"A Charlie Brown Christmas," which originally aired Dec. 9, 1965, has now been with us for an entire half-century. When it debuted, the 30-minute cartoon was unprecedented for a Christmas special — or anything else in prime time, for that matter — in its willingness to openly address religious matters.
Peanuts creator Charles Schulz gently eases us toward that part by peppering the show’s first several minutes with Snoopy’s antics, Lucy’s wisecracks and jazzy music. Yet when Charlie Brown wails in frustration as to whether anyone can tell him the true meaning of Christmas, the plot takes a decisive turn.
Linus then mounts the stage and puts it out there for all of America: Christmas is first and foremost about the birth of Jesus Christ, regardless of what societal influences might state to the contrary.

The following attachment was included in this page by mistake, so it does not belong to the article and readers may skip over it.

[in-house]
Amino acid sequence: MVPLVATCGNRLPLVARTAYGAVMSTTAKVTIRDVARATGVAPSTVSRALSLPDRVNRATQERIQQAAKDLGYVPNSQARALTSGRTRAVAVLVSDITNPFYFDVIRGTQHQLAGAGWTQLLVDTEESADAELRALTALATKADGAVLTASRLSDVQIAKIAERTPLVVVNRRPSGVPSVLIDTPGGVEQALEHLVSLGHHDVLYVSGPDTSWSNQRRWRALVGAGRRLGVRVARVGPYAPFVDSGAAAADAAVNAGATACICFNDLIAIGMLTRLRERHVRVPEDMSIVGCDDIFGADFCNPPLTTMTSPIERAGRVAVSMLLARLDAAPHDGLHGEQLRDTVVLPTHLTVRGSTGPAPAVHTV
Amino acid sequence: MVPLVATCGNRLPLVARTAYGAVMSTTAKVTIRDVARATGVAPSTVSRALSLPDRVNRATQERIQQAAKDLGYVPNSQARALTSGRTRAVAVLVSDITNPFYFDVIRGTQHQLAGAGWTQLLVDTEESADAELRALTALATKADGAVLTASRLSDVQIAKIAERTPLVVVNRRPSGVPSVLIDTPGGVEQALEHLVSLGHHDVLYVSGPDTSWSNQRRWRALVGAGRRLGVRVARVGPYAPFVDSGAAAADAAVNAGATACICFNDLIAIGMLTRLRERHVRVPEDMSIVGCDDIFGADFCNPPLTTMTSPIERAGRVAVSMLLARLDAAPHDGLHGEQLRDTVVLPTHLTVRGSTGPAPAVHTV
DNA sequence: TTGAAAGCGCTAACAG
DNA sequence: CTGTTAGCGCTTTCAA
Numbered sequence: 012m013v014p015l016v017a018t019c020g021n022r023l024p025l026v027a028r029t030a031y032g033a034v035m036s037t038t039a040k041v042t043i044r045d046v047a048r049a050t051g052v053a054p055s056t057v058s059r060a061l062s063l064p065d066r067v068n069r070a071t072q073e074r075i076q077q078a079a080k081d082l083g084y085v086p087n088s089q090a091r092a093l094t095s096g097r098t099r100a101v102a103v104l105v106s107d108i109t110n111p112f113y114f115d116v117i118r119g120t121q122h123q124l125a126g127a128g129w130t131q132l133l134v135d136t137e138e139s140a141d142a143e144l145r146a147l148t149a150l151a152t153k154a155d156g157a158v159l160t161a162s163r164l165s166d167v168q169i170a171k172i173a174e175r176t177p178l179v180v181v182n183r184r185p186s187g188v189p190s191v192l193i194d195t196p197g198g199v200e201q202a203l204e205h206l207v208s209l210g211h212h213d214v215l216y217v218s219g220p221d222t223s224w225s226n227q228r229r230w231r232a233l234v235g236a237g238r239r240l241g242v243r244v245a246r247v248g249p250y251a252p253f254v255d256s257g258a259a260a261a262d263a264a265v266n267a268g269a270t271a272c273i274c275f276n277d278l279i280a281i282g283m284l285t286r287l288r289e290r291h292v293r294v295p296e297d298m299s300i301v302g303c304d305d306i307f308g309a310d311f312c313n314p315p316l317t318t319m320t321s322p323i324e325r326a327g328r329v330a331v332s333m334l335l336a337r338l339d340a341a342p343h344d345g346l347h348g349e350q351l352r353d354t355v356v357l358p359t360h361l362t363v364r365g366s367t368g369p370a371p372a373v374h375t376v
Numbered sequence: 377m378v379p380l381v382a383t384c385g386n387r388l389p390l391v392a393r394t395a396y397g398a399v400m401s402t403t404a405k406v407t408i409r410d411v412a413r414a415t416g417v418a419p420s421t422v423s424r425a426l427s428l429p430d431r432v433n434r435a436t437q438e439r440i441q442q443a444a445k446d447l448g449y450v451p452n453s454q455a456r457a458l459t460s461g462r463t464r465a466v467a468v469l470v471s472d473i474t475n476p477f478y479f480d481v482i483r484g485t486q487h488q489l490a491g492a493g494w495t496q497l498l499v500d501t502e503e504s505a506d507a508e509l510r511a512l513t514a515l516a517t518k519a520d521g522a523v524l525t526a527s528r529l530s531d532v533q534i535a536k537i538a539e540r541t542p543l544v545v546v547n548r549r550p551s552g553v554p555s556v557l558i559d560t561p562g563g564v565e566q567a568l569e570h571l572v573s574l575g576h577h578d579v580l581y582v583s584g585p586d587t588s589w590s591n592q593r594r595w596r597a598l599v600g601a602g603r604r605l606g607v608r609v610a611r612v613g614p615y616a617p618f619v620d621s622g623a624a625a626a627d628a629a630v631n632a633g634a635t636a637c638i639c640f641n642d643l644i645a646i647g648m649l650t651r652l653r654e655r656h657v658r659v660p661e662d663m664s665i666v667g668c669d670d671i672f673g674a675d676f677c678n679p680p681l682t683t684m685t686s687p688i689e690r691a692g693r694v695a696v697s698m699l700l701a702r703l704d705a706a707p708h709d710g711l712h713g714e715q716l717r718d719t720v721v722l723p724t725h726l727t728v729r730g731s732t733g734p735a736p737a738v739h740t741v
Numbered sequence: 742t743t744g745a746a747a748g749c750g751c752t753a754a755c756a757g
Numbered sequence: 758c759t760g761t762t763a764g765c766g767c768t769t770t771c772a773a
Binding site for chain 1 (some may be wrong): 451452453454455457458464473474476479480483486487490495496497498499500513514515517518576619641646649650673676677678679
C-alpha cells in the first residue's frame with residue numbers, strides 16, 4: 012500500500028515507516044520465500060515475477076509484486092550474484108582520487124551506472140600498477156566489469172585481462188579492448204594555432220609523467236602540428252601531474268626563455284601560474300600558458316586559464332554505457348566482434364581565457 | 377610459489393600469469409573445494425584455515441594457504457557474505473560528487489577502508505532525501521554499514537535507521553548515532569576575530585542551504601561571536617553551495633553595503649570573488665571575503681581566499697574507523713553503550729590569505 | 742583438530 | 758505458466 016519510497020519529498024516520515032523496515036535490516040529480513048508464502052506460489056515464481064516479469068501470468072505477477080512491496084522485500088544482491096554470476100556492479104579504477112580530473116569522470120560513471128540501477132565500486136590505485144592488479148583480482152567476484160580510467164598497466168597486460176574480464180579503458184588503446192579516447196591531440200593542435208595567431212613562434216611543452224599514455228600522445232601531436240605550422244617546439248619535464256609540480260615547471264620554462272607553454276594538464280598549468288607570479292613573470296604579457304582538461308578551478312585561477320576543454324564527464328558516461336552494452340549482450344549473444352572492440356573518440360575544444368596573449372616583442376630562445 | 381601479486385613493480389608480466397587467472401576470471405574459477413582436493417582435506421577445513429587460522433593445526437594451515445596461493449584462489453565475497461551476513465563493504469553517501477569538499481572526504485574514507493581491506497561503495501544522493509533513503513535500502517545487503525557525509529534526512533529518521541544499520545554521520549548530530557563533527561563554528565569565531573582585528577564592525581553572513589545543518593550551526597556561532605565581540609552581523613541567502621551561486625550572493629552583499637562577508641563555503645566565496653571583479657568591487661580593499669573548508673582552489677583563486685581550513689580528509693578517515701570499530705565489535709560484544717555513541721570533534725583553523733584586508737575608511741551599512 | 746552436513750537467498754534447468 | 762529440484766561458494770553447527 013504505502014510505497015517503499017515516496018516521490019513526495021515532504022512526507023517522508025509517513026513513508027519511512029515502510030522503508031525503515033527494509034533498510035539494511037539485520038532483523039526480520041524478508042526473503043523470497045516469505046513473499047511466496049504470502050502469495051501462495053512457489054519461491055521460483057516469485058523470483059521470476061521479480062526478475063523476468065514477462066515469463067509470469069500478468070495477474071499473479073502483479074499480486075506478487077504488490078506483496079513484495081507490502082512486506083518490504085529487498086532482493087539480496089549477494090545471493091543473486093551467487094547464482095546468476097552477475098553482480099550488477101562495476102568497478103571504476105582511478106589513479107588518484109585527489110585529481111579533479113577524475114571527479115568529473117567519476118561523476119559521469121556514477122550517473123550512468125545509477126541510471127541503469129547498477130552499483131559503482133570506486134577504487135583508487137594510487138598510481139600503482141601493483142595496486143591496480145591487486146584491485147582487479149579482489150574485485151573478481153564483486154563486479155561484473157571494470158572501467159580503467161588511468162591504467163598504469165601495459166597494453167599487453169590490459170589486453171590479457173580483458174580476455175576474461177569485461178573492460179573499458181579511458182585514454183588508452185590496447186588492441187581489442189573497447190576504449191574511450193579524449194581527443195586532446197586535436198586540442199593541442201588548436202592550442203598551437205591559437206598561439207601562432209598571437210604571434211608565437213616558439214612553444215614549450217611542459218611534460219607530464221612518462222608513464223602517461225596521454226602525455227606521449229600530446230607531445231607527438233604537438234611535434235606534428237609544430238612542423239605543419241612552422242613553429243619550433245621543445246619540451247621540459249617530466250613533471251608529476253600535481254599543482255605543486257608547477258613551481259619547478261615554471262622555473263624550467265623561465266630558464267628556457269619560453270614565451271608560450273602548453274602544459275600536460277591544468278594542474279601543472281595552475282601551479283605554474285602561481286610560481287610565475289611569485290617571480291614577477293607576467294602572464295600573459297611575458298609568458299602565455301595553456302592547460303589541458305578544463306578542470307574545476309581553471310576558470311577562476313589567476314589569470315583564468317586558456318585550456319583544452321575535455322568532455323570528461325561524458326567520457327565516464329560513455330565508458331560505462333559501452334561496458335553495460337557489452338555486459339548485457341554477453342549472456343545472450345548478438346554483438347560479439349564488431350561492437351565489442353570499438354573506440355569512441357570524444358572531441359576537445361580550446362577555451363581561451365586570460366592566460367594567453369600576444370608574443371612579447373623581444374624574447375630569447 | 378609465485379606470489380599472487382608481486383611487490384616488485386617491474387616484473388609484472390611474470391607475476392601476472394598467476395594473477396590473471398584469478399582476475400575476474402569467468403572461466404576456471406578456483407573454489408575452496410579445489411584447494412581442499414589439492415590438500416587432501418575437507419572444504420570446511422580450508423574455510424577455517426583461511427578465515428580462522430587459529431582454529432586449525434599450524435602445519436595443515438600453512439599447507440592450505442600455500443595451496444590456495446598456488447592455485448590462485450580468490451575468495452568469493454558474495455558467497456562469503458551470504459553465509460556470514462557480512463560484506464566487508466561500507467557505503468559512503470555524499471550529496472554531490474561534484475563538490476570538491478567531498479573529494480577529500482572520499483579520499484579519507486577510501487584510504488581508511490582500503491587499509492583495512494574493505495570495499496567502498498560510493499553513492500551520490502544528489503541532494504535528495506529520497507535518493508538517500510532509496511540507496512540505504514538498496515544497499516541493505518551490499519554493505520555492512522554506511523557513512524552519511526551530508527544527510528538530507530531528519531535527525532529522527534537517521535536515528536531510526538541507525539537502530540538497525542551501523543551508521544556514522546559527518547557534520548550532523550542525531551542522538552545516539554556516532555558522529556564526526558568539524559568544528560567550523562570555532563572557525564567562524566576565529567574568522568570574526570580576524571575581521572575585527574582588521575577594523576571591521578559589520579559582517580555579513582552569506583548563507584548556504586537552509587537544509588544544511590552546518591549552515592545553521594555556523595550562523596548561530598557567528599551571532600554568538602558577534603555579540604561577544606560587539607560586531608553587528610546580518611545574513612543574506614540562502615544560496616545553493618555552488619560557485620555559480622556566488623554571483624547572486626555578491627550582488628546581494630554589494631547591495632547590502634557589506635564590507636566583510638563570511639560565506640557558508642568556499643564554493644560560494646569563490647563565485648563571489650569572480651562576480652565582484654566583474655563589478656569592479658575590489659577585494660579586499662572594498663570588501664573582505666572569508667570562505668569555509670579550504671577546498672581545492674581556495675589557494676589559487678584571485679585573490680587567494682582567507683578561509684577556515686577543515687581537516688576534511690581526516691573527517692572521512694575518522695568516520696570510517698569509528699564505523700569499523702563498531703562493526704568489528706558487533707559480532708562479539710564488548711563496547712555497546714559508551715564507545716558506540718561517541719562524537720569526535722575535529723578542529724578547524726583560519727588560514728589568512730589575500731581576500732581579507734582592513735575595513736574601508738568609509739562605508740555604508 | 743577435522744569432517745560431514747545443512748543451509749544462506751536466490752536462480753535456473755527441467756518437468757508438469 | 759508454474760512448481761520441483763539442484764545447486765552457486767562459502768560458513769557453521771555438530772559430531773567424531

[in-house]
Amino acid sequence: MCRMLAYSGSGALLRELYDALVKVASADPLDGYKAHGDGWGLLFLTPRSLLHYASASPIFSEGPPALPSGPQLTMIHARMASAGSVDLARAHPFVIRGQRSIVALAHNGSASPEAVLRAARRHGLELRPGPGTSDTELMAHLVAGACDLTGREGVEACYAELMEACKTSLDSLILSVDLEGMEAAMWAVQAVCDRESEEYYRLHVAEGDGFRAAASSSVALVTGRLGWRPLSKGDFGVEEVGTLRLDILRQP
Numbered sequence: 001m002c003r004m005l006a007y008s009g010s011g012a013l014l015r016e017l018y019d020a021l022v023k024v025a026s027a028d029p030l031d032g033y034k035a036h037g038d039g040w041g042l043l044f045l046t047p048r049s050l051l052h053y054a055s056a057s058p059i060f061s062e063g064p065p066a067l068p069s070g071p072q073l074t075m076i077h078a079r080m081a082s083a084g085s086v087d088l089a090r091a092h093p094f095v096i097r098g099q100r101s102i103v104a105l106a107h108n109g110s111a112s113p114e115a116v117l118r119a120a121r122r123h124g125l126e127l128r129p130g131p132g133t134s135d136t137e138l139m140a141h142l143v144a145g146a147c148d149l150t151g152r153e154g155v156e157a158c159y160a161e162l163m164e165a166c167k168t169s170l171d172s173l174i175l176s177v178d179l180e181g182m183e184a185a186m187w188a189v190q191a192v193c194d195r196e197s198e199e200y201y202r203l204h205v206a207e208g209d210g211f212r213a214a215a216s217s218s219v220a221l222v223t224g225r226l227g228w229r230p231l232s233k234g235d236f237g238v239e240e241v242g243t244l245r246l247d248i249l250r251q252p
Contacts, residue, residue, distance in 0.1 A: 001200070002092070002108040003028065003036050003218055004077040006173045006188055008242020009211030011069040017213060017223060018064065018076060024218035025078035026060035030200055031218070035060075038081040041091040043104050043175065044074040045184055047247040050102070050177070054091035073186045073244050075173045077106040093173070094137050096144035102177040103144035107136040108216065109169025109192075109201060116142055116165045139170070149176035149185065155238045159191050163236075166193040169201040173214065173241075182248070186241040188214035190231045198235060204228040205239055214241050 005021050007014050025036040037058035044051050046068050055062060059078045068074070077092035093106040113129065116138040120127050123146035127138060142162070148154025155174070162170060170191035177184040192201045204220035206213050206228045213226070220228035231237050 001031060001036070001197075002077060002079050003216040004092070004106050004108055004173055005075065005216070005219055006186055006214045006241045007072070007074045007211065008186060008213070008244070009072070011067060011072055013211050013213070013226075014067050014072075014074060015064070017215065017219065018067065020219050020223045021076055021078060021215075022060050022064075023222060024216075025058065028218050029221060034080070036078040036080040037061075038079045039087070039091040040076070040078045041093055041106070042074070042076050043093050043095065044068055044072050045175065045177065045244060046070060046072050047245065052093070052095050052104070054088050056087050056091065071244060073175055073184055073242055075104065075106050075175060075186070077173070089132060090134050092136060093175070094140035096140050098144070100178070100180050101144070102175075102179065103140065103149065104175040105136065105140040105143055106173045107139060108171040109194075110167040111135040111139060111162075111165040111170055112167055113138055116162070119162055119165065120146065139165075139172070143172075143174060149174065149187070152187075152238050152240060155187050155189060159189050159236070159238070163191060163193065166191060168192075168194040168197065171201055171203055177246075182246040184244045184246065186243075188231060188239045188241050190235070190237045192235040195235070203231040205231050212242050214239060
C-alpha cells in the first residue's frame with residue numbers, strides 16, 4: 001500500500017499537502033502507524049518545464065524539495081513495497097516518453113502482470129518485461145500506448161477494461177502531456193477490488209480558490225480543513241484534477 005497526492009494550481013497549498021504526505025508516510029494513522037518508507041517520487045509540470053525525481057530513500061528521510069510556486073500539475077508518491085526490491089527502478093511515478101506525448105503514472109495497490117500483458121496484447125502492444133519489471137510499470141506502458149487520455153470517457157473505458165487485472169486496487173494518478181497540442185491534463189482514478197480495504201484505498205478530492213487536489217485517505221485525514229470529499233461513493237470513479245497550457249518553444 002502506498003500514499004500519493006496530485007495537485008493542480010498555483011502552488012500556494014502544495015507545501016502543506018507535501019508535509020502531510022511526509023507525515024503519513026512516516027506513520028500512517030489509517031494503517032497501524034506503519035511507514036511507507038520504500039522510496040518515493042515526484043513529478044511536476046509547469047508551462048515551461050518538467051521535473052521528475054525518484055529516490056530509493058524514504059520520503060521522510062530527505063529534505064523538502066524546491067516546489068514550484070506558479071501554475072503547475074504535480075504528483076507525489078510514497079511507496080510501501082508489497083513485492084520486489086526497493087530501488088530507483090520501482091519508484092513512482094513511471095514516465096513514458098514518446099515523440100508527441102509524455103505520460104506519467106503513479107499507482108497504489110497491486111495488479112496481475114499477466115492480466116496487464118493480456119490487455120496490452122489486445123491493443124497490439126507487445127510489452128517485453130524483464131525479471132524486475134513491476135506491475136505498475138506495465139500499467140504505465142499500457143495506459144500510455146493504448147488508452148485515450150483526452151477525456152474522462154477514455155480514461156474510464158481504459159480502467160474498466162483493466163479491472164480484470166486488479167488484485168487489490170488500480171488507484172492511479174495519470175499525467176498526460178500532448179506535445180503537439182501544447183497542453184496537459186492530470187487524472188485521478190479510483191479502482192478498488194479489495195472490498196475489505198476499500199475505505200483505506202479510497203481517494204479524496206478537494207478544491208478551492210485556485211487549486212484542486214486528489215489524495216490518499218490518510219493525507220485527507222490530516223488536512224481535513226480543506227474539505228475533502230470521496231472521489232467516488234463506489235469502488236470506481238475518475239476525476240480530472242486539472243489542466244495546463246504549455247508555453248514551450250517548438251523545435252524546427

I’ve read that producers tried to talk Schulz, a Protestant, out of including Linus’ rendering of Luke 2:8-14, concerned with the controversy that might result. Schulz held his ground, and the show not only became a holiday classic but is still a cherished prime-time special that the ABC Network airs not once, but twice each December.
To me, the fact that "A Charlie Brown Christmas" was a hit is quite telling. Maybe there are more people out there than we’d thought who, like poor old Charlie Brown, have wearied of the excess commercialism attached to Christmas and embrace this reminder of why we celebrate the holiday in the first place.
"A Charlie Brown Christmas" mixes laughter and reflection, as do so many other Peanuts tales created by Schulz, who died in 2000. When you take into account the power of prime-time television, Schulz’ determination with "A Charlie Brown Christmas" to make us think twice is a great example of evangelization, in my book.